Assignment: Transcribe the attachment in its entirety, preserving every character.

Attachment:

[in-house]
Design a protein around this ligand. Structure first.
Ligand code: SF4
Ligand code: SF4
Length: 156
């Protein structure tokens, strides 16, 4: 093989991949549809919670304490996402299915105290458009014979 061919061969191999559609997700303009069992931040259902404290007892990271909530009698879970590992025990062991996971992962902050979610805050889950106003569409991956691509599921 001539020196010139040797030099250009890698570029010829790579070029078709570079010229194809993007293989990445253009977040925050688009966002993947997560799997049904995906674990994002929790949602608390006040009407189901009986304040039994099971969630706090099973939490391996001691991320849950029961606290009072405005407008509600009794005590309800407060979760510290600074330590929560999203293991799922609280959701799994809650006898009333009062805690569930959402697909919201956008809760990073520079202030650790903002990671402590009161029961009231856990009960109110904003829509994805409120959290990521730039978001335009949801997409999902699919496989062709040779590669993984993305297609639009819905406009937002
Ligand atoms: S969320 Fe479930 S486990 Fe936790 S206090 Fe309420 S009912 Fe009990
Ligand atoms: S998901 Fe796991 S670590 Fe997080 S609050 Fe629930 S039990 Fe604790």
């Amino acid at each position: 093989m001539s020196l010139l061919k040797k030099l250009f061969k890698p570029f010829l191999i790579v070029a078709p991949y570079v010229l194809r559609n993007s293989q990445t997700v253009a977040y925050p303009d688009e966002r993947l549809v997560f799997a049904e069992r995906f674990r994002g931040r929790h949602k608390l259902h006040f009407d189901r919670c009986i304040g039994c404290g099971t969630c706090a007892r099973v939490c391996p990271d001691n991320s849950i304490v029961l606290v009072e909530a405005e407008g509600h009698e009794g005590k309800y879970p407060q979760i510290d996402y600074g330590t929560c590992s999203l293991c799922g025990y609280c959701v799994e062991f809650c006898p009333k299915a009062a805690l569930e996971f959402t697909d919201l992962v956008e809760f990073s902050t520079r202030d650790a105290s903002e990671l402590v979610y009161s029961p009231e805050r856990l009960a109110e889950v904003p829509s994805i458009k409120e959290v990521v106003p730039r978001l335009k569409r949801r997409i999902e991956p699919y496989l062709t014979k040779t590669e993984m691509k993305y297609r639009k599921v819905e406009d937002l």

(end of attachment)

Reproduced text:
[in-house]
Design a protein around this ligand. Structure first.
Ligand code: SF4
Ligand code: SF4
Length: 156
């Protein structure tokens, strides 16, 4: 093989991949549809919670304490996402299915105290458009014979 061919061969191999559609997700303009069992931040259902404290007892990271909530009698879970590992025990062991996971992962902050979610805050889950106003569409991956691509599921 001539020196010139040797030099250009890698570029010829790579070029078709570079010229194809993007293989990445253009977040925050688009966002993947997560799997049904995906674990994002929790949602608390006040009407189901009986304040039994099971969630706090099973939490391996001691991320849950029961606290009072405005407008509600009794005590309800407060979760510290600074330590929560999203293991799922609280959701799994809650006898009333009062805690569930959402697909919201956008809760990073520079202030650790903002990671402590009161029961009231856990009960109110904003829509994805409120959290990521730039978001335009949801997409999902699919496989062709040779590669993984993305297609639009819905406009937002
Ligand atoms: S969320 Fe479930 S486990 Fe936790 S206090 Fe309420 S009912 Fe009990
Ligand atoms: S998901 Fe796991 S670590 Fe997080 S609050 Fe629930 S039990 Fe604790």
């Amino acid at each position: 093989m001539s020196l010139l061919k040797k030099l250009f061969k890698p570029f010829l191999i790579v070029a078709p991949y570079v010229l194809r559609n993007s293989q990445t997700v253009a977040y925050p303009d688009e966002r993947l549809v997560f799997a049904e069992r995906f674990r994002g931040r929790h949602k608390l259902h006040f009407d189901r919670c009986i304040g039994c404290g099971t969630c706090a007892r099973v939490c391996p990271d001691n991320s849950i304490v029961l606290v009072e909530a405005e407008g509600h009698e009794g005590k309800y879970p407060q979760i510290d996402y600074g330590t929560c590992s999203l293991c799922g025990y609280c959701v799994e062991f809650c006898p009333k299915a009062a805690l569930e996971f959402t697909d919201l992962v956008e809760f990073s902050t520079r202030d650790a105290s903002e990671l402590v979610y009161s029961p009231e805050r856990l009960a109110e889950v904003p829509s994805i458009k409120e959290v990521v106003p730039r978001l335009k569409r949801r997409i999902e991956p699919y496989l062709t014979k040779t590669e993984m691509k993305y297609r639009k599921v819905e406009d937002l």